We enjoyed flying these classics so much that we started wondering ..... We've got enough proper routines to work on at the moment, but why not simply fly these to music, without a specific choreography, but with me simply calling out moves and patterns as I see fit? Make it up as I go along? It would add another option to what we can do at festivals, and wouldn't need learning any additional routines.

That decided, we needed some music that has the same feel, speed, and tempo as the Hawaiians. They'll be flying reasonably fast, not slow and flowy, so the music has to capture that ... Didn't take me long to find a promising candidate, and both Irma and Roger heartily agreed:

Now I said in my previous post on Hawaiians that we were definitely not considering flying the 'Babywaiian' as part of a display .... hmmm, maybe we'll change our minds on that, and work the 'Baby' into it in some way ...

Sunday 4 November 2012

Double Cosmic!

A few months ago, I posted about our aims of getting a limited number of pairs of kites that combined precise tracking with trickability, with the ultimate goal of writing a pairs routine that also involved some slack-line tricks. The first of these was a pair of Fury 0.85 kites and I can now introduce the second of these pairs!

Meet our two Kitehouse Cosmic TC UL kites! We already had one (the 'chocolate' one), bought second-hand from someone at the Drachenforum. Great kite to fly, very precise as well as being able to perform any trick you throw at it (or at the very least any trick I can throw at it!). Cosmics are not exactly cheap kites, but I was lucky in getting a bit of money without having to do anything for it, and so used that opportunity to order a second one via the Fractured Axel shop. There was a bit of going back and forth with Kitehouse on the colours, as we wanted the second one to match the first one in terms of colour patterns, but at the same time be different from it. Turned out we mostly wanted colours they either didn't have or didn't have enough of, but we finally settled on a mostly 'gold' sail, with 'chocolate' bands. We flew the two together for the first time yesterday, and I must say the two really look good together in the sky! Absolute pleasure to fly and they seemed to like each other; Irma referred to them as our two Labradors, as they also come in gold and chocolate (and black, but we're not going to get a third one).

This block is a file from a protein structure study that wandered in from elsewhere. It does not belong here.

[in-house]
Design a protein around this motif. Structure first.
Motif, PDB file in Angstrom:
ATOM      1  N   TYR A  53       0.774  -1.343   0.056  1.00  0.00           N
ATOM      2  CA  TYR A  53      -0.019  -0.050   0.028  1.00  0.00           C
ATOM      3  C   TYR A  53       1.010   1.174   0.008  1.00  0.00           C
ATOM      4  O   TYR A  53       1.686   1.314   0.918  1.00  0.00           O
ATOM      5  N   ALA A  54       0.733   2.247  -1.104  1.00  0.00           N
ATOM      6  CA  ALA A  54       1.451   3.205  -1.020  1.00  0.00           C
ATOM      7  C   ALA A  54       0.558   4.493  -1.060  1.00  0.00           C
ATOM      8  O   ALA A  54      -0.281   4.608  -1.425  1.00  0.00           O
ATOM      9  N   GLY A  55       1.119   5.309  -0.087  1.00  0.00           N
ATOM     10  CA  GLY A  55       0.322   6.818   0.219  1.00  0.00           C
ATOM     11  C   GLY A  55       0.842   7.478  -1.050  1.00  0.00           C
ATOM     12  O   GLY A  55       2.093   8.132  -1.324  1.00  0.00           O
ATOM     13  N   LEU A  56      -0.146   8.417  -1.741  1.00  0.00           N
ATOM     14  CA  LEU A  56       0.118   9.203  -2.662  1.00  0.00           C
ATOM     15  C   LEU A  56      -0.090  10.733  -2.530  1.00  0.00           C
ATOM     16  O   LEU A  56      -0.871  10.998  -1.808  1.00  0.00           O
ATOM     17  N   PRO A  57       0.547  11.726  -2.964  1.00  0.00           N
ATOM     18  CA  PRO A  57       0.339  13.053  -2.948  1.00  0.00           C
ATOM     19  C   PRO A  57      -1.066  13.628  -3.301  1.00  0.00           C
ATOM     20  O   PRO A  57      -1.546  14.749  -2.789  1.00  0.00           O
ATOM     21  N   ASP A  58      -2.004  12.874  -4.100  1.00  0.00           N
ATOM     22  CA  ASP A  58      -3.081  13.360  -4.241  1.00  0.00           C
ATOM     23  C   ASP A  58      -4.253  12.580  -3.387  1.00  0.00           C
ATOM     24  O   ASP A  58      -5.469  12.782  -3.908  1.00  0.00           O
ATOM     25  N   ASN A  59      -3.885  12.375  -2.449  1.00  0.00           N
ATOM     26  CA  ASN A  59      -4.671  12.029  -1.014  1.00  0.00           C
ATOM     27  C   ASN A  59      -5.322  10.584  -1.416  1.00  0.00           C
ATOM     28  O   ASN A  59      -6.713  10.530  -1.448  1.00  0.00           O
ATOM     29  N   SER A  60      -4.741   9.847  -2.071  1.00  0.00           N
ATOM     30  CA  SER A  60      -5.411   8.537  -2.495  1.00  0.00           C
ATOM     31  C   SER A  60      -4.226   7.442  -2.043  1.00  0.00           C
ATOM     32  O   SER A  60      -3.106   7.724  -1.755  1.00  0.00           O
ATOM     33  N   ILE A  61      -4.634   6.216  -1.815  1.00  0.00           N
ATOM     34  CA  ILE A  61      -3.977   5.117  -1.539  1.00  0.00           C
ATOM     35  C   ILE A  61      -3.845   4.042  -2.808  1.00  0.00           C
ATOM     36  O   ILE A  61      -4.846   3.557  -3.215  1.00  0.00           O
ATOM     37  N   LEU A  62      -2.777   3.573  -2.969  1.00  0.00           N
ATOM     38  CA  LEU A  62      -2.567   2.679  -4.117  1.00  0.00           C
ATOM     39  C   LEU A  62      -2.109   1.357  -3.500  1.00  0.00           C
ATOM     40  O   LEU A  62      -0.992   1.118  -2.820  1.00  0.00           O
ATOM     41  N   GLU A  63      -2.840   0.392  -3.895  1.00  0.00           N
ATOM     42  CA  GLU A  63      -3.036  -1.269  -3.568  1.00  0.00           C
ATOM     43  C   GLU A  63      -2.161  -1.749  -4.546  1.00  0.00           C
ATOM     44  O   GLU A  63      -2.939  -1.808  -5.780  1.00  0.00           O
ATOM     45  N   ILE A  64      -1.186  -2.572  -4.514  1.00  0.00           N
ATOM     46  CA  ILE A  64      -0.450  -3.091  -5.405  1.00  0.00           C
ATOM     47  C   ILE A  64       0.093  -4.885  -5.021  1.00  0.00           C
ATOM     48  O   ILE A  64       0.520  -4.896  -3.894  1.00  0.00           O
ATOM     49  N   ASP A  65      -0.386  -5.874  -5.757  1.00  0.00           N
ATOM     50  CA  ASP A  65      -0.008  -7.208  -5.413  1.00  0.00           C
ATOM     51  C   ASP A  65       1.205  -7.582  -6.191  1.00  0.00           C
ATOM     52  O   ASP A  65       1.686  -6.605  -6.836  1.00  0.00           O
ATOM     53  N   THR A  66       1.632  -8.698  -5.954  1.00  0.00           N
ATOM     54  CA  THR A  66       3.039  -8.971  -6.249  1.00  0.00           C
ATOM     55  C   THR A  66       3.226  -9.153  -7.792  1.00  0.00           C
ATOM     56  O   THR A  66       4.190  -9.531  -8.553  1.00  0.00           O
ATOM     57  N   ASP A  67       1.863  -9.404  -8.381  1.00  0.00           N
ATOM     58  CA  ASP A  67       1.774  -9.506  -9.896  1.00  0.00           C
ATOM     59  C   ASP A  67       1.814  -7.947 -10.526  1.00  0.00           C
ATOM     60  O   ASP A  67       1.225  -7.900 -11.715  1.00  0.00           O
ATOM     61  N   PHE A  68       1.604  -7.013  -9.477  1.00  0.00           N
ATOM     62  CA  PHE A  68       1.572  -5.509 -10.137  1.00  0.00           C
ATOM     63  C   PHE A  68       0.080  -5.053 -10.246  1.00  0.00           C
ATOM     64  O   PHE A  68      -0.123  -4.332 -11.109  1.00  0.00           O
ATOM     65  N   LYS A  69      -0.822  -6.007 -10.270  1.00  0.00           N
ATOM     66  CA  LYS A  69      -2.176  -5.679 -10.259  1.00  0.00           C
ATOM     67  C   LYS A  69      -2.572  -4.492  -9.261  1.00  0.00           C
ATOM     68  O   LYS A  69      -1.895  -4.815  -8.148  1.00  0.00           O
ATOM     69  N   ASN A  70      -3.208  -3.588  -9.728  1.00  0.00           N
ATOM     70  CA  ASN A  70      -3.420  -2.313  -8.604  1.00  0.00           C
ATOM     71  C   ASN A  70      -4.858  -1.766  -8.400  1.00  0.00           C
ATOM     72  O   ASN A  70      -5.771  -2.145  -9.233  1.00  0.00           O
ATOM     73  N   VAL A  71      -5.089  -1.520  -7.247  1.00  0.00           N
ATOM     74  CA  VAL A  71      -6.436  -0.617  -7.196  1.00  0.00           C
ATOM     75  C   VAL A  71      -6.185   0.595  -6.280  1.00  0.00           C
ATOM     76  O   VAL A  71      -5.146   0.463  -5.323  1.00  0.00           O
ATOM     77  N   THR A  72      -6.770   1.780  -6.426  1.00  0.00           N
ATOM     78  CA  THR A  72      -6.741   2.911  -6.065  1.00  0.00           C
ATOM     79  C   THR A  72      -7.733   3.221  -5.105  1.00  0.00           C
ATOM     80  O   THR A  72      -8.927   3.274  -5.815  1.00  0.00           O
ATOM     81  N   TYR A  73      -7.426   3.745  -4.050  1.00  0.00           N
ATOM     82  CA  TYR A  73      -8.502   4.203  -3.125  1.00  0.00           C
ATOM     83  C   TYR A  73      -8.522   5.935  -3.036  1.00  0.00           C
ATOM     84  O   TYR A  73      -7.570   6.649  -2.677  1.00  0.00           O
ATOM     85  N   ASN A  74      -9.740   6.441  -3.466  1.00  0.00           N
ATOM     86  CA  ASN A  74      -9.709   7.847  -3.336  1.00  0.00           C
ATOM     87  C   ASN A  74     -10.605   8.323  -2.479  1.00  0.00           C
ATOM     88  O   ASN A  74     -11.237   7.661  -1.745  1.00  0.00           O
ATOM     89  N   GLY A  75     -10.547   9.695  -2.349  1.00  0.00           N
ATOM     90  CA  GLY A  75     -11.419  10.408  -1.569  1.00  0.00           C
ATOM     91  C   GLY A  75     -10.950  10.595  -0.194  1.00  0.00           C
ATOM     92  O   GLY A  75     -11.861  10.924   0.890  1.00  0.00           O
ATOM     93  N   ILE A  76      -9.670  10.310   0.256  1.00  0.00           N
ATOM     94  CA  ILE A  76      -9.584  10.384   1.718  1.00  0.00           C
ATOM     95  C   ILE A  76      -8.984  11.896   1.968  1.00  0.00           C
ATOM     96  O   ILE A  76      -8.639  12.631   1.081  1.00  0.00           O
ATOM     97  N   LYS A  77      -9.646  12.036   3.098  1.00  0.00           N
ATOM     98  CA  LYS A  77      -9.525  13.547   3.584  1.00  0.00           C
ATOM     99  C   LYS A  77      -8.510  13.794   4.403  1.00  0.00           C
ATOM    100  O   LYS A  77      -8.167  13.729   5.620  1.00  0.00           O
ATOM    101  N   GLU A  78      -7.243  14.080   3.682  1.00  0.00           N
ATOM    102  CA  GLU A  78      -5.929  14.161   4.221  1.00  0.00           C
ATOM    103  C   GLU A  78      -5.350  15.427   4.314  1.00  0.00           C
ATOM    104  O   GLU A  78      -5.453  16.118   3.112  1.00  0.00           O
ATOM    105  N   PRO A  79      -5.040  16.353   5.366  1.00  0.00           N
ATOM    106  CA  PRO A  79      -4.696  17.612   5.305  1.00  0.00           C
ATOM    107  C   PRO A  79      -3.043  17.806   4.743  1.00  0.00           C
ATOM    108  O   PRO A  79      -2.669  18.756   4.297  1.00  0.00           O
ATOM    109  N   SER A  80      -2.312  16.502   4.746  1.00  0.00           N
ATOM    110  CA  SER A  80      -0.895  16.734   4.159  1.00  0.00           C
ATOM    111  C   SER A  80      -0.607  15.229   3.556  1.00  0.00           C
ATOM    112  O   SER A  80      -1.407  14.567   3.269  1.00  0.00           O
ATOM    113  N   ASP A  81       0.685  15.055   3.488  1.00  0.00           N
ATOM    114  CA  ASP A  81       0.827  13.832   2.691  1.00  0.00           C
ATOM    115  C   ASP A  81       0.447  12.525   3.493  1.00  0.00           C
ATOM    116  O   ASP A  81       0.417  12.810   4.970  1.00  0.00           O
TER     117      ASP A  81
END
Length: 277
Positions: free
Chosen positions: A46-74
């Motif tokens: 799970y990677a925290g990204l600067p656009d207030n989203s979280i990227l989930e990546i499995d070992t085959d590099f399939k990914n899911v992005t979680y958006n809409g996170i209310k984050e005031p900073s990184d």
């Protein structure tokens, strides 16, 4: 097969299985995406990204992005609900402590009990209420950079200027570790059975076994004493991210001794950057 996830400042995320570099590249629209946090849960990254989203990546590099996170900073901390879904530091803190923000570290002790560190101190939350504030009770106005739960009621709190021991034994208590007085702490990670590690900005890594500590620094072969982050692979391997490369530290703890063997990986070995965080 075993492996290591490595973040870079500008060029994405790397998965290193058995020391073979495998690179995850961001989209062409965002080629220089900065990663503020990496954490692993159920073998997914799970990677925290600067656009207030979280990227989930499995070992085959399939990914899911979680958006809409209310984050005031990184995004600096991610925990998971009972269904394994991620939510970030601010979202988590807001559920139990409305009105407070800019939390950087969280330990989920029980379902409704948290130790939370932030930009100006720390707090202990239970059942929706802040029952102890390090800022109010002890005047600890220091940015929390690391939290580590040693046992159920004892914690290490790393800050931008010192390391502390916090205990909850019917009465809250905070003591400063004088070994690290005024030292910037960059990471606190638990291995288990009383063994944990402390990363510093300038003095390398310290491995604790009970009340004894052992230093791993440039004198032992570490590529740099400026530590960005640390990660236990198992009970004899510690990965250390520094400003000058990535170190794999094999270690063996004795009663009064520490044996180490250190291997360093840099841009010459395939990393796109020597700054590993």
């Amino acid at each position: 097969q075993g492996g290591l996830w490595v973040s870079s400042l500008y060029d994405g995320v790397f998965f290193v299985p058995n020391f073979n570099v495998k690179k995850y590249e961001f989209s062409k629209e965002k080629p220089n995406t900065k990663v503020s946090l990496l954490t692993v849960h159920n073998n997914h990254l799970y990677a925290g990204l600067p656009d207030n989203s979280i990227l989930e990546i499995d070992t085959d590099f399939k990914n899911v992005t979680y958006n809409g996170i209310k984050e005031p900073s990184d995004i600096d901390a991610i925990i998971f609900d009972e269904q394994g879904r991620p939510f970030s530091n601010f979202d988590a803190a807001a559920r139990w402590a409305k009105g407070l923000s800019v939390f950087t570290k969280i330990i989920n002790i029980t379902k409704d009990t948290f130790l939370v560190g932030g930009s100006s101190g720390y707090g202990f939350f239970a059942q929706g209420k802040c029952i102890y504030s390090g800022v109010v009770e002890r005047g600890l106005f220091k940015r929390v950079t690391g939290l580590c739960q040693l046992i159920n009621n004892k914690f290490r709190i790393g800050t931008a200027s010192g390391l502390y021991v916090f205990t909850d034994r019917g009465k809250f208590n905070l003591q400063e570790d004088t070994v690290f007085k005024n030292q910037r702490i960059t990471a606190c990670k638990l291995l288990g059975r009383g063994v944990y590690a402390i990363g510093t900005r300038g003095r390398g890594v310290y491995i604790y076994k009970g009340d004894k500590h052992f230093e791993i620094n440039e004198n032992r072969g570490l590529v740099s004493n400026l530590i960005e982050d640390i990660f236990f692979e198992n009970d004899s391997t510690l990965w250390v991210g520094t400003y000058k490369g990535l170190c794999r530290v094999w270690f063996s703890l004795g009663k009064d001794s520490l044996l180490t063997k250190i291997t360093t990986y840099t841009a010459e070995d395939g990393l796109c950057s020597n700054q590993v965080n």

So, we now have a pair Cosmics for low wind, and a pair of Fury 0.85s for when the wind really picks up. One more pair to add, to fit between these two. I know which of our current trick kites I want to double up .... watch this space!

Picture credit: Roger

Thursday 1 November 2012

Dunford Flying Machine

In the early 1970s, flying dual-line control kites was popularised mostly by Peter Powell, and many people will have flown a PP Stunter, either as a child, or for reasons of nostalgia. A second dual-line control kite on the market around the same time was developed by Don Dunford. His Flying Machine was regarded as the 'Rolls-Royce' of kites in at least one contemporary book on kites, due to its high level of control.

We've got an orange Dunford Flying Machine, picked up, in mint condition, for little money some years ago. We hadn't flown it for quite a while, so last weekend we decided to take it to the field, and flew it in winds ranging from 15 to well over 25mph.

What's all this got to do with pair/team flying? Very little, yet ... The Dunford Flying Machine is a heavy kite due to its cloth sail and wooden dowels. Basically it doesn't really want to be bothered when the wind is below 15mph (it will fly from, say, 8mph onwards, but only reluctantly). When the wind gets to 20mph and above, the kite is really in its element. Snappy corners with some practice (it doesn't need much input), reasonable tracking, very tight turns, and little pull. So .... what if we were to stumble across a second Dunford Flying Machine, with a different sail colour (I know it also came in blue, with orange tassels), wouldn't it be fun to try and fly a routine with a pair of 1970s 'Rolls Royces'?

I think I know exactly where to go first in order to try and find one ...